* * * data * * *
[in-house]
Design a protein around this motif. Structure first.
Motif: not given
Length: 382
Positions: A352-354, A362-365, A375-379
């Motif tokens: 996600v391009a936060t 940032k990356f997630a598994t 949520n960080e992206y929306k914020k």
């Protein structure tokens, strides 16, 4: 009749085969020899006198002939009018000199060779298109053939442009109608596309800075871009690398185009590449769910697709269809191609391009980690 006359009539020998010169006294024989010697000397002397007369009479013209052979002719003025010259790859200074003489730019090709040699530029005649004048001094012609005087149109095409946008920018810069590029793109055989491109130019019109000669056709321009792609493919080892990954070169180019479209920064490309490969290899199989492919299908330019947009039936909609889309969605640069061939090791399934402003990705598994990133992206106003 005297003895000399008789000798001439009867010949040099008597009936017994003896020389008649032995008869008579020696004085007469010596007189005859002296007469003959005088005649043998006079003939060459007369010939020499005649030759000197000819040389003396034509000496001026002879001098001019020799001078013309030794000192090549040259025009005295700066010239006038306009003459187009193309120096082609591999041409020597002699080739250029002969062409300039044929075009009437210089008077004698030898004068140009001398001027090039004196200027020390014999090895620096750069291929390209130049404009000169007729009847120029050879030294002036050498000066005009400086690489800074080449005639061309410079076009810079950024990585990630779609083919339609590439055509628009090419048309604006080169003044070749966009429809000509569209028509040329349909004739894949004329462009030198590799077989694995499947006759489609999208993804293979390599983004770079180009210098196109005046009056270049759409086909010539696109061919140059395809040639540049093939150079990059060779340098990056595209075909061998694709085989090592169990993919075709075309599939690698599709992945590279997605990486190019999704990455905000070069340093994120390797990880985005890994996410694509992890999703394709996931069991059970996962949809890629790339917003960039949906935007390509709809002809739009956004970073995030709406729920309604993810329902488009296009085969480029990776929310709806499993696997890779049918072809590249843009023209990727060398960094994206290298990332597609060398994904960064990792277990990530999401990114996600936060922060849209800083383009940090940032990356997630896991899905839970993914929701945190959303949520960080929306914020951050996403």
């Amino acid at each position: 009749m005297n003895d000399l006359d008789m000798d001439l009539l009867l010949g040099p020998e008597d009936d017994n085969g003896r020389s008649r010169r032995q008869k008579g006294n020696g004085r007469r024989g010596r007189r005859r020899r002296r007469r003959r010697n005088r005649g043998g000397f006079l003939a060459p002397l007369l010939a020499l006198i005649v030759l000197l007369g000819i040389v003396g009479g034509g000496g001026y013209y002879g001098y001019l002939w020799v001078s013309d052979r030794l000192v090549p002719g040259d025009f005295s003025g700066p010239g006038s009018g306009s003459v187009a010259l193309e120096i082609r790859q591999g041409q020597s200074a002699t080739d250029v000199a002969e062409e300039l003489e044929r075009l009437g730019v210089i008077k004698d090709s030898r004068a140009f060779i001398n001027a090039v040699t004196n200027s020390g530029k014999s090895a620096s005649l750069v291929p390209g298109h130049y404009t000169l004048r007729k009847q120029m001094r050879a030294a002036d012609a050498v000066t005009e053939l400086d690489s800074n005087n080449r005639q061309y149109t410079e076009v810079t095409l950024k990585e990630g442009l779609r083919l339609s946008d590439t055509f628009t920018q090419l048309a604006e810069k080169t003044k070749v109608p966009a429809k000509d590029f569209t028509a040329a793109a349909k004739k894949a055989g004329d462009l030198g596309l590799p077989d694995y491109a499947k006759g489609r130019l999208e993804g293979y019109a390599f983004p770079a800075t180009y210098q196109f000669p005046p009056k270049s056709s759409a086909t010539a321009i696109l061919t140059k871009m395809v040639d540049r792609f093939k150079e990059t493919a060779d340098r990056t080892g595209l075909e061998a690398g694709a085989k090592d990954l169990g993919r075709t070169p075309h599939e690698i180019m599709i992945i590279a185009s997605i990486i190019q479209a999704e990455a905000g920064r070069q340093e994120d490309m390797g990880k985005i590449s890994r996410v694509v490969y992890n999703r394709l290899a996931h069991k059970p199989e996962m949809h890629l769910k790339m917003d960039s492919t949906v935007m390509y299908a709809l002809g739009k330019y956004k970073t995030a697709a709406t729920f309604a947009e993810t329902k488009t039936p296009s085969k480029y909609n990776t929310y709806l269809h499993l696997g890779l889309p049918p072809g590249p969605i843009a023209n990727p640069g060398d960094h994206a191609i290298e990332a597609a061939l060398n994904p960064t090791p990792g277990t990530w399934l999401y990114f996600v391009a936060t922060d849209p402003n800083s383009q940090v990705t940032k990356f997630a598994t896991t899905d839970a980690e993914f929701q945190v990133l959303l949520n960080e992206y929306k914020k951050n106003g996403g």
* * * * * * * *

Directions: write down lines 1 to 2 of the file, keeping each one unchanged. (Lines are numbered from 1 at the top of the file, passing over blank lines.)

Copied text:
[in-house]
Design a protein around this motif. Structure first.